|Publication number||US6582598 B2|
|Application number||US 09/735,915|
|Publication date||Jun 24, 2003|
|Filing date||Dec 14, 2000|
|Priority date||Dec 14, 2000|
|Also published as||US20020074278|
|Publication number||09735915, 735915, US 6582598 B2, US 6582598B2, US-B2-6582598, US6582598 B2, US6582598B2|
|Original Assignee||Hubert Patrovsky|
|Export Citation||BiBTeX, EndNote, RefMan|
|Patent Citations (14), Non-Patent Citations (2), Referenced by (3), Classifications (18), Legal Events (6)|
|External Links: USPTO, USPTO Assignment, Espacenet|
A rotary filter is provided with greatly expanded filter media area within the flow stream of material be filtered provided by a wave like grooved filter support plate which provided greater filter area within the size constraints of the corrugation and a similarly shaped filter media which has various holddowns.
Rotary filtration started with a design of Werner & Pflieder in Germany. The basic concept continued in subsequent designs of Rehau and Gneuss, also German firms. Most recently Patt Filtration in Canada has further improved and produced equipment for rotary filtration.
A rotary filter is used to provide continuous filtration of materials with a constant pressure drop through the filter. It consists of a rotatable disc clamped between two blocks or side plates which have flow through channels in each. Flow is from an input block through the flow through channels which communicates between the input side, through a portion of an annular filter support and filter media containing area of the disc, and to and through an exit side flow channel to further processing equipment. The rotation of the disc brings new, non-contaminated filter media and the associated filter supports from the flow channels into the flow through area of the filter and filter support. At the same time, as the disc rotates, small amount of material is removed with the contaminated filter medis and filter support. Sealing is metal to metal making a properly constructed filter leak free.
The rotary filter, while an established technology, is poorly understood. A series of factors such as venting of filter channels, the hardening and the coatings needed to provide corrosion and antigalling protection, the forces used for clamping the parts together to form a seal, and the method to drive the rotary motion are all being changed as the knowledge of the system function improves. Since the filter is very expensive and involves extreme machining accuracy, methods to expand the filtration capacity of a given size filter is especially important. There has been little improvement in the filtration capacity of a disc of a given size since the early concepts were developed. Despite the lack of progress, there is a need to improve flow capacity of the filters.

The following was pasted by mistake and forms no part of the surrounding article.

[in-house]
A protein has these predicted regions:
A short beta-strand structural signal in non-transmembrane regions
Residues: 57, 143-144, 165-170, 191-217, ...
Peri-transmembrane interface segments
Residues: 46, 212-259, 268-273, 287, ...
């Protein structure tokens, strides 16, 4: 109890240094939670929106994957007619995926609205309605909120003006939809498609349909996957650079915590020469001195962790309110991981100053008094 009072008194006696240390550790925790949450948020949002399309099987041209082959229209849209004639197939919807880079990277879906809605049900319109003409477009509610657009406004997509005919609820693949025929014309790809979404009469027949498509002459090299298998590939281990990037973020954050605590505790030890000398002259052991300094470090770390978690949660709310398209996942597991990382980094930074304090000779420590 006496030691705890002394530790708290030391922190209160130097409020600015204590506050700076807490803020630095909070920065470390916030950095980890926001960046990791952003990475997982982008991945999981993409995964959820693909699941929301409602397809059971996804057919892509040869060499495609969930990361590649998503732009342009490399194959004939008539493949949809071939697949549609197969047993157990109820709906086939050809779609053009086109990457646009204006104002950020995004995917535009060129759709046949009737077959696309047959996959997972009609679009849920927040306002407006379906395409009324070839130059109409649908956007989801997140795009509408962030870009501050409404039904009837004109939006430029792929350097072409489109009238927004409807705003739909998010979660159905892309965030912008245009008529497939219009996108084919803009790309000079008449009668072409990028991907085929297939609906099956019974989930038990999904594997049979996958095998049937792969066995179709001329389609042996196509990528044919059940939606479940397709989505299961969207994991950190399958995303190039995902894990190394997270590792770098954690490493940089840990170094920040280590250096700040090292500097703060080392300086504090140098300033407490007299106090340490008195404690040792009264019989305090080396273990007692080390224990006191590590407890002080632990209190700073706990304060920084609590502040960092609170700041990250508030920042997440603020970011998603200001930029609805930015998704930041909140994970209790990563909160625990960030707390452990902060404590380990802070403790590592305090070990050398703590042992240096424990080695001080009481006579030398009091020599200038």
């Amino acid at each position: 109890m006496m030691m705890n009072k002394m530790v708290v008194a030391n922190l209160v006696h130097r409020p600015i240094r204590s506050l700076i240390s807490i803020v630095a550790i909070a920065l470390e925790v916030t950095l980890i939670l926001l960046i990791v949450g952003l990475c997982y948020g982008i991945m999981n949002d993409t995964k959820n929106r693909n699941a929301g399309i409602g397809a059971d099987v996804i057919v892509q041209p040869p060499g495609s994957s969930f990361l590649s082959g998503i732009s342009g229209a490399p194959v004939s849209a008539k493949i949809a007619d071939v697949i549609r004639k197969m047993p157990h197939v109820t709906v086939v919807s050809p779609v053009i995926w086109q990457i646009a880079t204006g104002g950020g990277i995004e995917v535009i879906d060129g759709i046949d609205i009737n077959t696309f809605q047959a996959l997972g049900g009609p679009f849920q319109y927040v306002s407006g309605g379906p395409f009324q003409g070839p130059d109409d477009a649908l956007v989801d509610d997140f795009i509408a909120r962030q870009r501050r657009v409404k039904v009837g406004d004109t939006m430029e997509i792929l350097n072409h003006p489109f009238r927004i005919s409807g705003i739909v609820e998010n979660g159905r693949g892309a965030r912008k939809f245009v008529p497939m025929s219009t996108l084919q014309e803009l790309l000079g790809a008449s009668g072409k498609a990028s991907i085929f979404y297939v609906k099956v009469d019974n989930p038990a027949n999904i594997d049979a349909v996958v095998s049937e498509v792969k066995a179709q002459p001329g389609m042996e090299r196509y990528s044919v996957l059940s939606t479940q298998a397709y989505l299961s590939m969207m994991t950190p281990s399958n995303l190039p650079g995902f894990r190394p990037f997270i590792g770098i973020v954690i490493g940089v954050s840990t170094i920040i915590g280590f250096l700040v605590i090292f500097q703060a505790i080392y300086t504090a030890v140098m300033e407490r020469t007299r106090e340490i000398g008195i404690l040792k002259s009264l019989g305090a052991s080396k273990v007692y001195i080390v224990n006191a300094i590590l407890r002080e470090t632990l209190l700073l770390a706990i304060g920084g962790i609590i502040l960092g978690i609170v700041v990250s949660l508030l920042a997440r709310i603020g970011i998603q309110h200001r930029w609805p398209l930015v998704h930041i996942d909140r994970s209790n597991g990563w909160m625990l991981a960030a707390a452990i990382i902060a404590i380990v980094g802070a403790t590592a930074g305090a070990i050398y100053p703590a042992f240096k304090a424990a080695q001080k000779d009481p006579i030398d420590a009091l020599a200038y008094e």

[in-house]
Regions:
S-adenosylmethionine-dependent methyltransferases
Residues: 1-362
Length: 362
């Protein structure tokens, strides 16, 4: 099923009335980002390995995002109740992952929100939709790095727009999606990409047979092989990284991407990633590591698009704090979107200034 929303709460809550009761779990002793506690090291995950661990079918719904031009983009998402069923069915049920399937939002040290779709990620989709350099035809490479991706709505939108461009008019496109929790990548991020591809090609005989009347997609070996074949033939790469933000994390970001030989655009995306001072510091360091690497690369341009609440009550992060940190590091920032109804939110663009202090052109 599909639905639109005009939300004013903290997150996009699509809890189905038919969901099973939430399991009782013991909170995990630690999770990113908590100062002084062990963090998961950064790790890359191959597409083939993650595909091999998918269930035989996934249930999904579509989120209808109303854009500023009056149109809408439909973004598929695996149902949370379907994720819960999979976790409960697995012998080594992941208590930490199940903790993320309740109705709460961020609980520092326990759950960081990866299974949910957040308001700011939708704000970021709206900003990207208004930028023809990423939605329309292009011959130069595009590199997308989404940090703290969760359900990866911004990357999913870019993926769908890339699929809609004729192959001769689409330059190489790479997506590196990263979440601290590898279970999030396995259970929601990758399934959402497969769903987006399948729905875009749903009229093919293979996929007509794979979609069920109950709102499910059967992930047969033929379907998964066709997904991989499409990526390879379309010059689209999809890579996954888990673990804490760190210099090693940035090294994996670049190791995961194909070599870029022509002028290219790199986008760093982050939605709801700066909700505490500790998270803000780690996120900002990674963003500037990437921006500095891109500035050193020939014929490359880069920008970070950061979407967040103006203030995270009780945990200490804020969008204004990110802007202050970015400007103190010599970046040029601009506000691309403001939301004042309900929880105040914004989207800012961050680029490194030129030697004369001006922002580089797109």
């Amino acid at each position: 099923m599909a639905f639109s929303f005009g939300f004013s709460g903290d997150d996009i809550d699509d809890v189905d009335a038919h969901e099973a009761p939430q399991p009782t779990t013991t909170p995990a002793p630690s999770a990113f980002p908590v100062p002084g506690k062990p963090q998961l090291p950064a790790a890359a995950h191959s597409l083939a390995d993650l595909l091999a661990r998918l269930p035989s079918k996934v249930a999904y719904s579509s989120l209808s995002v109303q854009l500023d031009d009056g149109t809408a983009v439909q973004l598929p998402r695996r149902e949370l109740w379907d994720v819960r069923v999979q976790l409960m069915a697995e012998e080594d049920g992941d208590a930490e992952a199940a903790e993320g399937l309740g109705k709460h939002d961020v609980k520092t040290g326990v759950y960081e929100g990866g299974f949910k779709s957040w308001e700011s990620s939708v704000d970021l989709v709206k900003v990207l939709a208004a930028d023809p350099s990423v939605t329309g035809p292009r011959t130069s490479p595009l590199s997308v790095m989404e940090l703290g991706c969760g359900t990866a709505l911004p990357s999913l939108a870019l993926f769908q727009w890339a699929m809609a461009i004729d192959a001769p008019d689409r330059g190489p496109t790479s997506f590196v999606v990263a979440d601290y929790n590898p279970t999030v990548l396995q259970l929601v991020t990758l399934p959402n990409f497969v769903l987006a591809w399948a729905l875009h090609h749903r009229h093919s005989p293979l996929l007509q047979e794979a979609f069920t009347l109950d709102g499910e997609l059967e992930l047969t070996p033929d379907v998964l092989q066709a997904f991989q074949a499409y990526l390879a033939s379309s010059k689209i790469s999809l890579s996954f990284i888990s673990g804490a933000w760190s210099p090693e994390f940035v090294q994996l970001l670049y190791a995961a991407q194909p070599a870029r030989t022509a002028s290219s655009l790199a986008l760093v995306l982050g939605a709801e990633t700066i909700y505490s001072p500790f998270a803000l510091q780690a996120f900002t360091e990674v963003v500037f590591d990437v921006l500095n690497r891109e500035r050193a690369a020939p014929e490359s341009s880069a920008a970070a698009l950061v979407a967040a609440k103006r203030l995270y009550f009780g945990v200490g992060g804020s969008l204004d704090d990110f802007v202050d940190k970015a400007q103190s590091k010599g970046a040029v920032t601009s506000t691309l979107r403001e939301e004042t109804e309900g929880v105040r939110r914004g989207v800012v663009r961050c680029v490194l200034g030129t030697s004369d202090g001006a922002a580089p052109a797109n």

A rotary filter has unique advantages for many applications. It is usually used for high viscosity materials and these are often at high temperatures. A typical use is to filter molten polymers at temperatures of 350 to 750 degrees fahrenheit and pressures of 2,000 to 12,000 pounds per square inch. The properly designed and produced rotary filter has essentially no leakage at the molten polymer conditions. It also provides essentially no pressure variation within the process stream as the filter media is changed to bring new filter media into the flow stream of material (such as molten polymers) needing filtration. It further resists high temperatures and pressures of flow streams being filtered. The downside of all of these advantages is that costly materials and machining methods are essential to the success of the rotary filter, making it an expensive filter.
While the rotary filter has many advantages, one big disadvantage is that the area for filtration is highly constrained. The filter media is placed in filter chambers machined within the rotating filter disc. The filter area (chamber area) can be, at its maximum, only a small sector of the annular ring formed within a filter disc. In numerical terms, in a few small filters the ratio of filter area in the flow stream being filtered to the total area of filter chambers on the disc may be as low as 1/25. In most lower pressure rotary filter applications the maximum of filter area in the flow stream to total filter area of filter chambers on the disc is 1/5. In the usual high viscosity filtration use, the filter construction is further constrained by the need for support of the filter media. Due to very high flow stream pressures substantial support plates, typically a thick plate with drilled flow through holes (in contrast to many cartridge filters which handle low pressures and have very thin supports or no supports) are needed. The balance of internal forces and the need to access the filter support to replace dirtied filter media usually restricts the surface area within the flow stream to no more than about 20% of the annular ring area. There is a need for higher flow area contact with filter media in rotary filters.
In a filter handling a viscous material, the filter media, which may have capacity of filtering particles ranging from tens of thousandths of an inch in diameter to microns in diameter and which may consist of several layers of filter media such as screen or sintered metal strip, has by far the greatest resistance to flow of the materials being filtered. In the most common applications of rotary filters, the filtrate is a molten polymer and the stainless mesh screen filter media has mesh of 400 to 20 mesh depending on the application. These screens are stacked together to remove contaminants.